The evolution of the social web over the past 24 months has been fascinating.
We are kind of witnessing a social revolution within the social revolution. Social web 2.0.
It looks like the world went perhaps too open too quickly and we have seen a revolt. Many young teenagers shifted their social network activity from Facebook to the more private sphere of Instagram and from there they moved to Snapchat, where your picture gets deleted in a flash, no one can see it, save it, archive it and share it around town.
We have witnessed a backlash against many aspects of the social network revolution that most of Generation Y were unhappy with. Facebook allowed people to share, to open up and connect with the world, but it restricted individuals from sharing privately in a fun social manner. Also Snowden exposing the NSA’s snooping of FB profiles undermined Facebook’s attempts to maintain user privacy as well as the implementation of new sharing rules without explicit user consent.
We have almost gone full circle. Secrets were bad in Silicon Valley, now they love them, with the Secret app taking Silicon Valley by storm in the past year. People are enjoying speaking in a social forum where there words cannot be traced back to them. Anonymous sharing is the new buzz happening on the social web. Trust is still the underlying ingredients in all these networks. Once this breaks down, then there will be no community and no exchange of these ideas.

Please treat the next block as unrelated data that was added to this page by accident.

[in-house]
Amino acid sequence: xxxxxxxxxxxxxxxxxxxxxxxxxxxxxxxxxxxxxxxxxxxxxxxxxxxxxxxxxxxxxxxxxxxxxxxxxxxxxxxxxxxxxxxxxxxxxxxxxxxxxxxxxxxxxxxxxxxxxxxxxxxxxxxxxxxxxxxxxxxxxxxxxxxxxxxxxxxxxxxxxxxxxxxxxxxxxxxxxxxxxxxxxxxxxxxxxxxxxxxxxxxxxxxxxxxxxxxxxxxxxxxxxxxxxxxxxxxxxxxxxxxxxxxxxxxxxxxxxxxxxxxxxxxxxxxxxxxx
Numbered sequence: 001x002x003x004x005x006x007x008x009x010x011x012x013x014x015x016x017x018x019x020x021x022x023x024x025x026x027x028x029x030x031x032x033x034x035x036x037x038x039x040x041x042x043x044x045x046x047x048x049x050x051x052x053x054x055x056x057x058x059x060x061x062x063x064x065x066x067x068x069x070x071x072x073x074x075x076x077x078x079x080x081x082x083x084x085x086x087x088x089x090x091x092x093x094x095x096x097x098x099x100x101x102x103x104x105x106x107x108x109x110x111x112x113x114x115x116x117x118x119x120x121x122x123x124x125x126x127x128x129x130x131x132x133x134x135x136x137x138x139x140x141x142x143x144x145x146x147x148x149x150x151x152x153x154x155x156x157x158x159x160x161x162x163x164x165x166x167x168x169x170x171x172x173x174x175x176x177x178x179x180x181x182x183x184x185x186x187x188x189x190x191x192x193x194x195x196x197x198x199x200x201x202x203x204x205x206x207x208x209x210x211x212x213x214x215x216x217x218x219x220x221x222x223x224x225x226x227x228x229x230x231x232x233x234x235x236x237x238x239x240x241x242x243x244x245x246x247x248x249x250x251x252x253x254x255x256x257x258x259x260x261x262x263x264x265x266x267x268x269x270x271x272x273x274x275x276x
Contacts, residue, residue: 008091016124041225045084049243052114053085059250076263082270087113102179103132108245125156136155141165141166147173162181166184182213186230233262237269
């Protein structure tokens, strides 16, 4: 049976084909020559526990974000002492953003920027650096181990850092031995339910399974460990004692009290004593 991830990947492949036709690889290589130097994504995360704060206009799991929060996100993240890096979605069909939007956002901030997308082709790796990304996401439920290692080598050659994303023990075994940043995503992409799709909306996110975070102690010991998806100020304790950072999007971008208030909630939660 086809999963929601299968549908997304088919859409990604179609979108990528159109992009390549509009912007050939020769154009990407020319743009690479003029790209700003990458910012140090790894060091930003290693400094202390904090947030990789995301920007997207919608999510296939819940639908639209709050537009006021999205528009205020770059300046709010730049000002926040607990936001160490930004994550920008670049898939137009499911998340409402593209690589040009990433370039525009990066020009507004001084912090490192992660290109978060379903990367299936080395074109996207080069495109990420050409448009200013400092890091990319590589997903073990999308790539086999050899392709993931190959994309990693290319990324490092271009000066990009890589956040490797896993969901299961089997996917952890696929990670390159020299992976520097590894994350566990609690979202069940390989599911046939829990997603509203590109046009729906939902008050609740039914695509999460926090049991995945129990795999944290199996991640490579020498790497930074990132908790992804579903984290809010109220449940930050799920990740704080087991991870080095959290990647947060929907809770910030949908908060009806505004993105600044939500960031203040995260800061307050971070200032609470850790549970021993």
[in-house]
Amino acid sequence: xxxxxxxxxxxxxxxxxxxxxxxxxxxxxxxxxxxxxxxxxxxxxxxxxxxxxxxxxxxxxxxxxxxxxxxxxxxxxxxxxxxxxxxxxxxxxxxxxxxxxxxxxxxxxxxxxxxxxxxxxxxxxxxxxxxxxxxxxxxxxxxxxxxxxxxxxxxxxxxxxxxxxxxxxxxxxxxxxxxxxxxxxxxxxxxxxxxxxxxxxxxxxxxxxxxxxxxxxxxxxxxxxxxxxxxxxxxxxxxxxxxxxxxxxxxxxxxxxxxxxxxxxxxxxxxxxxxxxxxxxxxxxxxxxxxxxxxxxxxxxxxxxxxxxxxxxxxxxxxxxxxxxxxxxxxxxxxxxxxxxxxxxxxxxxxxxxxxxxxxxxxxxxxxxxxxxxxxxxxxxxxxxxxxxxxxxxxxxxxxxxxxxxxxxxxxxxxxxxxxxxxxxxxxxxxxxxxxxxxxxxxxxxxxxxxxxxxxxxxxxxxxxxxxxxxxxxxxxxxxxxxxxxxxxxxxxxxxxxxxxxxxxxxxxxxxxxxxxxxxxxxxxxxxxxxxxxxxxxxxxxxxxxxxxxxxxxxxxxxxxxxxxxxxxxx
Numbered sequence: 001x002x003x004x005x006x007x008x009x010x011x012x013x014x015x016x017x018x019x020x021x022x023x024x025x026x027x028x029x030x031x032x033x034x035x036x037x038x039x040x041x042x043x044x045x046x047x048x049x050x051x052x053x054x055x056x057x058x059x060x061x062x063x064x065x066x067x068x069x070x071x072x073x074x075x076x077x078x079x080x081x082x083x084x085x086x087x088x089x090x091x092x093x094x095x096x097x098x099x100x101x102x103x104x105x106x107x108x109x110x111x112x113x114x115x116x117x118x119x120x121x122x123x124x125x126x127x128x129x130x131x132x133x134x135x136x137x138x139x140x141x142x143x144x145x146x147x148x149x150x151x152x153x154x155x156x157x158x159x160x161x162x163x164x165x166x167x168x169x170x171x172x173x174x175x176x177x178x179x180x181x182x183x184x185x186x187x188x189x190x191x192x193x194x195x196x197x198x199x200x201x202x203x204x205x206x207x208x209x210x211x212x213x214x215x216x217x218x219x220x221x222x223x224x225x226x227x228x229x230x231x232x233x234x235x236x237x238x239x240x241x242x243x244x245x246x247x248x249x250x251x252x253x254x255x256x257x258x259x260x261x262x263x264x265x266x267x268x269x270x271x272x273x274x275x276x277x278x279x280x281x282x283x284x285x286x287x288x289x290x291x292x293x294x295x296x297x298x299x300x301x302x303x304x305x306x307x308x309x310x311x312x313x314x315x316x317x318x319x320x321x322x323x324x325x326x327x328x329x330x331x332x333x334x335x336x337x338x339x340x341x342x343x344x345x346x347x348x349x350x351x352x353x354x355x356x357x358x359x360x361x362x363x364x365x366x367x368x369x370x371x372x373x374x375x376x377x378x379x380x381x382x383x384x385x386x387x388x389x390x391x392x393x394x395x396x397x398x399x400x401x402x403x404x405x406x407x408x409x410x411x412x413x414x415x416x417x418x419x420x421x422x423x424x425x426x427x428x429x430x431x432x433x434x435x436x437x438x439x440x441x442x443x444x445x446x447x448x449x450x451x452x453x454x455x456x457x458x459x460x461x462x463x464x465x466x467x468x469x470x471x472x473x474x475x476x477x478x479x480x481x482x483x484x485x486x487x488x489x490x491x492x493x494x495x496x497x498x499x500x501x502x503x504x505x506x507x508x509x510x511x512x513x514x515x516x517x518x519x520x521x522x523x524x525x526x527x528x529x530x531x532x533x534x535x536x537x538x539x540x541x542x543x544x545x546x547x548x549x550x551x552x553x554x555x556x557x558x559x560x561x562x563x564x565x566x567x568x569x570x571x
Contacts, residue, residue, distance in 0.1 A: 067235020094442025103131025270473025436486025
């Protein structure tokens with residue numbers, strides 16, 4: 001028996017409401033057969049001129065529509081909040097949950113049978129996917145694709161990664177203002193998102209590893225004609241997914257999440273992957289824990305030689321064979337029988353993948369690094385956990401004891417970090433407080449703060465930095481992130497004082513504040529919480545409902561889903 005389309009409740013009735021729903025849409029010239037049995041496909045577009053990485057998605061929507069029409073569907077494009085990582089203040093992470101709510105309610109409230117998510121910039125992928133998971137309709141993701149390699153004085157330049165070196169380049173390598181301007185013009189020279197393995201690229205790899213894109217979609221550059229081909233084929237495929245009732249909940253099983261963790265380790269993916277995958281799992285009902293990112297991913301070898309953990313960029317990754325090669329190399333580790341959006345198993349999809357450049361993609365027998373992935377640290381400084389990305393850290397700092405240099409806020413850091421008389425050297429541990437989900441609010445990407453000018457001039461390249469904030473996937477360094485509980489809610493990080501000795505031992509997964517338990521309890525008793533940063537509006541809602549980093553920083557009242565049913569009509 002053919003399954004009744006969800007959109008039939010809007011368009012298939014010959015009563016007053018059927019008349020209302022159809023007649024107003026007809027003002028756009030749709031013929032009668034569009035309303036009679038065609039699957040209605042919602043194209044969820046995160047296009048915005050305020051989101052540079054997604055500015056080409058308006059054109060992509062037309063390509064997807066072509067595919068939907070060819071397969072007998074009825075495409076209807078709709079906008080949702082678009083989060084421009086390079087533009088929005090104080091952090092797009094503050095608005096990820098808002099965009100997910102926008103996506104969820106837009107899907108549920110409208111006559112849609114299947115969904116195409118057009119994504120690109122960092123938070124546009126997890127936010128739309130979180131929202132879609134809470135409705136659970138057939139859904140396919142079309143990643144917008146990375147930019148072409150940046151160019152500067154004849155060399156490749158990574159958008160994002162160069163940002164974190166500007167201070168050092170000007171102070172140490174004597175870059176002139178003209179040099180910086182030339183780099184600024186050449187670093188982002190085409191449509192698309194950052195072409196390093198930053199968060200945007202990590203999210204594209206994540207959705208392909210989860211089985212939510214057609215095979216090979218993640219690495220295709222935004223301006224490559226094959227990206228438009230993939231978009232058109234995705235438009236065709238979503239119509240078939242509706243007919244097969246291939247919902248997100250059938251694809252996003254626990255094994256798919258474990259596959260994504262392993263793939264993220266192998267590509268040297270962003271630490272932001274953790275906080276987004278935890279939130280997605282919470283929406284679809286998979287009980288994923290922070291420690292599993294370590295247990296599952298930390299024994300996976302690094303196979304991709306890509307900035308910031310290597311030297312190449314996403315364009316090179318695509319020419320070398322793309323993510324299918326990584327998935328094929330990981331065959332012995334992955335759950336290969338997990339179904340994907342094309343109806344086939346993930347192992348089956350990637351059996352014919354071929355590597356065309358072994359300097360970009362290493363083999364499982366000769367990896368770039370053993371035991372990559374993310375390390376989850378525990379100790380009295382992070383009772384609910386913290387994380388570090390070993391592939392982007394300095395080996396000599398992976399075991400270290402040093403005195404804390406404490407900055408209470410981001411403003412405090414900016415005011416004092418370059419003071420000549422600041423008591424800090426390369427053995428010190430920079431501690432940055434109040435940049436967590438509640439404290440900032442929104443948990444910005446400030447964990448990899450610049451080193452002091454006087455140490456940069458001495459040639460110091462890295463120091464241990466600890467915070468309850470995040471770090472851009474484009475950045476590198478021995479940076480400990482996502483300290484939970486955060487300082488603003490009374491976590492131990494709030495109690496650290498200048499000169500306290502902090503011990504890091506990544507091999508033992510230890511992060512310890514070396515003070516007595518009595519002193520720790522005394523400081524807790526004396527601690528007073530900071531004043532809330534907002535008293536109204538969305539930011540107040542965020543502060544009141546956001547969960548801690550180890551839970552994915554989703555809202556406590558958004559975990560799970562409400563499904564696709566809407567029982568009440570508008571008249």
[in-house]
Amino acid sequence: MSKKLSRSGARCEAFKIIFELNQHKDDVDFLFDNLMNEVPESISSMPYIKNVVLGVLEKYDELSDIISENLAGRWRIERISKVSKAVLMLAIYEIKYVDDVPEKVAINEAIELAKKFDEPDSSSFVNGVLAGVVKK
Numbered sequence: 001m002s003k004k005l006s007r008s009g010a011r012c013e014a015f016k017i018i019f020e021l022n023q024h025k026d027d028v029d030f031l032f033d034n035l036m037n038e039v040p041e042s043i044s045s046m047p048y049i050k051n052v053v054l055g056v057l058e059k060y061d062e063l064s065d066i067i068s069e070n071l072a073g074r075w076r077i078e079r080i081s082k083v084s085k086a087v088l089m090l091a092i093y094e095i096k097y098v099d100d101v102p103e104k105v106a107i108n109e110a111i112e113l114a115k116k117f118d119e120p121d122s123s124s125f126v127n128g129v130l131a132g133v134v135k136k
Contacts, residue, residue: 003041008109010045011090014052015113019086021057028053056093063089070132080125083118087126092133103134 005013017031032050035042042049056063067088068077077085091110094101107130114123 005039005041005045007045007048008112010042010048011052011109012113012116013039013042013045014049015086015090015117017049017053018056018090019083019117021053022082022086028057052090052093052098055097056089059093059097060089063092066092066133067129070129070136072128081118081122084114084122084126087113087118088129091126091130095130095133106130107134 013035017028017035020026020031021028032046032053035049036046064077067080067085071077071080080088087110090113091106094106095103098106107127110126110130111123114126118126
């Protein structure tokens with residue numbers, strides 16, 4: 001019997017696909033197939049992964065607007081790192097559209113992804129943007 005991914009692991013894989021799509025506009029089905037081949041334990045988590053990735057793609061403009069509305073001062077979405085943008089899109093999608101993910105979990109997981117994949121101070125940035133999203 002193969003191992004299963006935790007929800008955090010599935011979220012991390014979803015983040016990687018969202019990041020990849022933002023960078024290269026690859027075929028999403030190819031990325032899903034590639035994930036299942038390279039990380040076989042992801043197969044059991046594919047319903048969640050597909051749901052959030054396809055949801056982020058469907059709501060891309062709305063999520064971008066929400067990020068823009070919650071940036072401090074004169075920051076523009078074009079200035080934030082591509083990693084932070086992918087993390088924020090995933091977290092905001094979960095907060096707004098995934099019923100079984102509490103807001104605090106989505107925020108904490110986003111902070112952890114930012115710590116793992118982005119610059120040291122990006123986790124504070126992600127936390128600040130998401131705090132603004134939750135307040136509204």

People were once willing to listen to people who they were close to online and Facebook allowed the exchange of ideas through networks such as universities and schools. Now there is an exchange of ideas happening through anonymous peer to peer networks and many people are yearning for privacy. Will this connect us further or make us grow further apart?